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Acts 9:2

Context
9:2 and requested letters from him to the synagogues 1  in Damascus, so that if he found any who belonged to the Way, 2  either men or women, he could bring them as prisoners 3  to Jerusalem. 4 

Acts 9:21

Context
9:21 All 5  who heard him were amazed and were saying, “Is this not 6  the man who in Jerusalem was ravaging 7  those who call on this name, and who had come here to bring them as prisoners 8  to the chief priests?”

Acts 22:5

Context
22:5 as both the high priest and the whole council of elders 9  can testify about me. From them 10  I also received 11  letters to the brothers in Damascus, and I was on my way 12  to make arrests there and bring 13  the prisoners 14  to Jerusalem 15  to be punished.

1 sn See the note on synagogue in 6:9.

2 sn The expression “the way” in ancient religious literature refers at times to “the whole way of life fr. a moral and spiritual viewpoint” (BDAG 692 s.v. ὁδός 3.c), and it has been so used of Christianity and its teachings in the book of Acts (see also 19:9, 23; 22:4; 24:14, 22). It is a variation of Judaism’s idea of two ways, the true and the false, where “the Way” is the true one (1 En. 91:18; 2 En. 30:15).

3 tn Grk “bring them bound”; the translation “bring someone as prisoner” for δεδεμένον ἄγειν τινά (dedemenon agein tina) is given by BDAG 221 s.v. δέω 1.b.

4 sn From Damascus to Jerusalem was a six-day journey. Christianity had now expanded into Syria.

map For location see Map5 B1; Map6 F3; Map7 E2; Map8 F2; Map10 B3; JP1 F4; JP2 F4; JP3 F4; JP4 F4.

5 tn Grk “And all.” Because of the difference between Greek style, which often begins sentences or clauses with “and,” and English style, which generally does not, καί (kai) has not been translated here.

6 tn The Greek interrogative particle used in this verse (οὐχ, ouc) expects a positive reply. They all knew about Saul’s persecutions.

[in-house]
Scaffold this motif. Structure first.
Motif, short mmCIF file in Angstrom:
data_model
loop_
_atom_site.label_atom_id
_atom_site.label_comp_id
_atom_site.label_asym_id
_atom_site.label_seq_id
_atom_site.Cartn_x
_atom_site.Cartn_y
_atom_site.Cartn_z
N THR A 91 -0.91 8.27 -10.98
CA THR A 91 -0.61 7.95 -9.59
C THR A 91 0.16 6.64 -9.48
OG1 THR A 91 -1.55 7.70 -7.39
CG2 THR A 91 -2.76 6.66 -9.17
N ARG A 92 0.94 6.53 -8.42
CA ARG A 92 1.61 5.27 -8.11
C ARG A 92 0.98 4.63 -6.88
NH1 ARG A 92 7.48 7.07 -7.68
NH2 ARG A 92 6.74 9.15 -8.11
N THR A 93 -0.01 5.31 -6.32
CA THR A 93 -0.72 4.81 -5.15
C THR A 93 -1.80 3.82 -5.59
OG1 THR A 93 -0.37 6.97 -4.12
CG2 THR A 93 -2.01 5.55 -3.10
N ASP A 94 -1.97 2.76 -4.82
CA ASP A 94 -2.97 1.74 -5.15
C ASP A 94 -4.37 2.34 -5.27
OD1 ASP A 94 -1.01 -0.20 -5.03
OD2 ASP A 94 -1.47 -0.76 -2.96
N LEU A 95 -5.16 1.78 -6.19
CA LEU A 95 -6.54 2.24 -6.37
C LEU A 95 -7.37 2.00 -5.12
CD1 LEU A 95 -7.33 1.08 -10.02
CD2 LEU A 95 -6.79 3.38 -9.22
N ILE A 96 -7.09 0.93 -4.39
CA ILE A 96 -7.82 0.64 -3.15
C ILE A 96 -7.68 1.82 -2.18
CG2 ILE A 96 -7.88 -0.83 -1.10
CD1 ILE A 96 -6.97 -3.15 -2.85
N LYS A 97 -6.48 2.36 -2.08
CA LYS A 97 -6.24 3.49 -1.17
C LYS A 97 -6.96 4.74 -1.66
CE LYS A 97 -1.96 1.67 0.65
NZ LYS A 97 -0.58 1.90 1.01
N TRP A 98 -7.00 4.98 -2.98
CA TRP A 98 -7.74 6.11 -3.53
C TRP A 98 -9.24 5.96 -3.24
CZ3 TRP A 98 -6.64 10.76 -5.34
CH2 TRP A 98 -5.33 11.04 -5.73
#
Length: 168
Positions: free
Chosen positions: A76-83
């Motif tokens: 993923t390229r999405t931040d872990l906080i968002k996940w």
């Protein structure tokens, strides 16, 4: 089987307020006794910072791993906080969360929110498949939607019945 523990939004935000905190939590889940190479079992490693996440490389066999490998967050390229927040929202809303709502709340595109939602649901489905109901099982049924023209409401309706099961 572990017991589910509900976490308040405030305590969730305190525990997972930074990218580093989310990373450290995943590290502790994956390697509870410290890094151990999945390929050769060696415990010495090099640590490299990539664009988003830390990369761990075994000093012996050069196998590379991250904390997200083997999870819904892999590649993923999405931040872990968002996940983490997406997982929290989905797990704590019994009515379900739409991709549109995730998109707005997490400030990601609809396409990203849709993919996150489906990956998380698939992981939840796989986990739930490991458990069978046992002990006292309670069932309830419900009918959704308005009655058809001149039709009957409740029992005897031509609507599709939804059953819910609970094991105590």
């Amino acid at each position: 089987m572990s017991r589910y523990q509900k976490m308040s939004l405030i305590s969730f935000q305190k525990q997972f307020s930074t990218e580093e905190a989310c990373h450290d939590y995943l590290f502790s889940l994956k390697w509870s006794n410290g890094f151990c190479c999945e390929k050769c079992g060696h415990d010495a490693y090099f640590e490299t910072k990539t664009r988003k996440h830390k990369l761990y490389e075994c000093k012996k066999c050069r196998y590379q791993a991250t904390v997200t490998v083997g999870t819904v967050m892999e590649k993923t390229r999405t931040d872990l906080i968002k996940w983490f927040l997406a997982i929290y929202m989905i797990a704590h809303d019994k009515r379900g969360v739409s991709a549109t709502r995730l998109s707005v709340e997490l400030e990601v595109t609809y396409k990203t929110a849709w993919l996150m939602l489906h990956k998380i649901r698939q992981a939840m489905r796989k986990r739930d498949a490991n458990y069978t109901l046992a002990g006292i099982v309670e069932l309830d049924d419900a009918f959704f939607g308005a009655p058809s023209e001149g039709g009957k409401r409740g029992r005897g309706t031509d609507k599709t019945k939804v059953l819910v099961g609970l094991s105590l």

7 tn Normally, “destroying,” but compare 4 Macc 4:23; 11:4 and MM 529 s.v. πορθέω for examples from Koine papyri. See also BDAG 853 s.v. πορθέω.

8 tn Grk “bring them bound”; the translation “bring someone as prisoner” for δεδεμένον ἄγειν τινά (dedemenon agein tina) is given by BDAG 221 s.v. δέω 1.b.

9 tn That is, the whole Sanhedrin. BDAG 861 s.v. πρεσβυτέριον has “an administrative group concerned with the interests of a specific community, council of elders – a. of the highest Judean council in Jerusalem, in our lit. usu. called συνέδριονὁ ἀρχιερεύς καὶ πᾶν τὸ πρ. Ac 22:5.”

10 tn Grk “from whom.” Because of the length and complexity of the Greek sentence, the relative pronoun (“whom”) was translated by the third person plural pronoun (“them”) and a new sentence begun in the translation.

11 tn Grk “receiving.” The participle δεξάμενος (dexameno") has been translated as a finite verb due to requirements of contemporary English style.

12 tn Grk “letters to the brothers, [and] I was going to Damascus.” Such a translation, however, might be confusing since the term “brother” is frequently used of a fellow Christian. In this context, Paul is speaking about fellow Jews.

13 tn Grk “even there and bring…” or “there and even bring…” The ascensive καί (kai) shows that Paul was fervent in his zeal against Christians, but it is difficult to translate for it really belongs with the entire idea of arresting and bringing back the prisoners.

14 tn BDAG 221 s.v. δέω 1.b has “δεδεμένον ἄγειν τινά bring someone as prisonerAc 9:2, 21; 22:5.”

15 tn Grk “I was going…to bring even those who were there to Jerusalem as prisoners that they might be punished.”

map For location see Map5 B1; Map6 F3; Map7 E2; Map8 F2; Map10 B3; JP1 F4; JP2 F4; JP3 F4; JP4 F4.



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